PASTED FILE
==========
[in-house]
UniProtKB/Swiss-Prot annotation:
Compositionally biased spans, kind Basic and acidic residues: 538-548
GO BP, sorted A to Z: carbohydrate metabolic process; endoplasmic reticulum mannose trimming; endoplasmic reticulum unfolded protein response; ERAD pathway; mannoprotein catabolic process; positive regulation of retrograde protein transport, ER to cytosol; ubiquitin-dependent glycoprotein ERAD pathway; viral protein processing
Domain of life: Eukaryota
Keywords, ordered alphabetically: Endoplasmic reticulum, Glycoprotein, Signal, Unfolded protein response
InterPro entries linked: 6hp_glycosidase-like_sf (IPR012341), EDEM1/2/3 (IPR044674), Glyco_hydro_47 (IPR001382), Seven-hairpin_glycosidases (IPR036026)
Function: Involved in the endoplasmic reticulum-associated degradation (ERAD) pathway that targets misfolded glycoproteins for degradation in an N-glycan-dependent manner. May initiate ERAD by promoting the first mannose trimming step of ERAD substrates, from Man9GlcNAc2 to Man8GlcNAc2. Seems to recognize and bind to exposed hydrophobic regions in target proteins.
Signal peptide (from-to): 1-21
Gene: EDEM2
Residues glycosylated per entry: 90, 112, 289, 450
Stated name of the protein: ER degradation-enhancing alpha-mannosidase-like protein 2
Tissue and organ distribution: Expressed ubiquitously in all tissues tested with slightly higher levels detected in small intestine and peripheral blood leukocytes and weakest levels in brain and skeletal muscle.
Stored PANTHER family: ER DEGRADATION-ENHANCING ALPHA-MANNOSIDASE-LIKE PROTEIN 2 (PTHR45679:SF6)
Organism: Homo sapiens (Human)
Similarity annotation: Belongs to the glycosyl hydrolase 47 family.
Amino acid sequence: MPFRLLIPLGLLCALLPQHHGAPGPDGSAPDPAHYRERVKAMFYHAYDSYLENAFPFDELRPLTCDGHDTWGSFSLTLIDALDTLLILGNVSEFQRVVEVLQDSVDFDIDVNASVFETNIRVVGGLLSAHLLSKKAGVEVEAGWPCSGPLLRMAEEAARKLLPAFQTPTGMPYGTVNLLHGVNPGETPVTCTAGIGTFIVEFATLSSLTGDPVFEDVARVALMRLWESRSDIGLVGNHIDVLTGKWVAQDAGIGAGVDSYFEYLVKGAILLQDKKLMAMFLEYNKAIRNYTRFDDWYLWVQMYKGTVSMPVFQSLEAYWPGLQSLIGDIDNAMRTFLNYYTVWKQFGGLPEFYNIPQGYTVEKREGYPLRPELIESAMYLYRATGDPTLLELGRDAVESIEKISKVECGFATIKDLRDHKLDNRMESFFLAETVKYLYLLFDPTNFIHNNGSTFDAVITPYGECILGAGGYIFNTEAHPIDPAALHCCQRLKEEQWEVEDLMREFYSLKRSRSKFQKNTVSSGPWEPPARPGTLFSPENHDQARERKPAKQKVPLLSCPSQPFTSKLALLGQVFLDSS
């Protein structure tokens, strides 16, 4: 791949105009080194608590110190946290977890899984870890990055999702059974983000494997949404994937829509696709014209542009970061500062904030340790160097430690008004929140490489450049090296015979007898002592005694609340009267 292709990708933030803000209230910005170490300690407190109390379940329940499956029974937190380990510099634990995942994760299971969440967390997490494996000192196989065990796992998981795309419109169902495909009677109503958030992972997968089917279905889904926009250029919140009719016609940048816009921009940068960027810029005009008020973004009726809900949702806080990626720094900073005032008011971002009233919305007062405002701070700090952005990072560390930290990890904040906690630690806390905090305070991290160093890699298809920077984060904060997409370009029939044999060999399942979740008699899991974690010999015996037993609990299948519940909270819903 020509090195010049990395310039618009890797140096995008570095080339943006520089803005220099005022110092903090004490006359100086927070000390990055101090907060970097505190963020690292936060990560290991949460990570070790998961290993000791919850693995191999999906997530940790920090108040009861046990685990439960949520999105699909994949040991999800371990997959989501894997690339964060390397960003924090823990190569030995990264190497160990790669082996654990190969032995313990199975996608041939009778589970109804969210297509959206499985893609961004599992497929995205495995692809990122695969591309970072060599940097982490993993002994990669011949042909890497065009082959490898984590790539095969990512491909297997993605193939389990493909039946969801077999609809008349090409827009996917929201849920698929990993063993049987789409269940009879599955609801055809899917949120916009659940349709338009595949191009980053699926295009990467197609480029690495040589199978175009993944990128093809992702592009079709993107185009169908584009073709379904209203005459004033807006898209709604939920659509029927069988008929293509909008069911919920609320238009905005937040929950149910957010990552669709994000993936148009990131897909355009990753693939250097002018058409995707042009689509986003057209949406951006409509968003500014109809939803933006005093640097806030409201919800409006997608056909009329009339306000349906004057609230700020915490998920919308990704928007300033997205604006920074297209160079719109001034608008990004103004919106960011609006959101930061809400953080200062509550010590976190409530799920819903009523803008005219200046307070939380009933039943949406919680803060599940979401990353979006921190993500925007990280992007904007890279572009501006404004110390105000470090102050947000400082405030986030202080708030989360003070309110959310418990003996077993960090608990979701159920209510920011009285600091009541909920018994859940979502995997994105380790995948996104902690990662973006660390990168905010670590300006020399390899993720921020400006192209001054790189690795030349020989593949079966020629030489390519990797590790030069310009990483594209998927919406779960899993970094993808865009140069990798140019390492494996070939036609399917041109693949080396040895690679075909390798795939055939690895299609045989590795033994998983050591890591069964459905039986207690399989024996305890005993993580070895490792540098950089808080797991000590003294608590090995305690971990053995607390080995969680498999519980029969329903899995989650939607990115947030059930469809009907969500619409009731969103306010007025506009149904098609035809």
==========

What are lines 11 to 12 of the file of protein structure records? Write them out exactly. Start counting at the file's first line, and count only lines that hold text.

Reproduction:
Residues glycosylated per entry: 90, 112, 289, 450
Stated name of the protein: ER degradation-enhancing alpha-mannosidase-like protein 2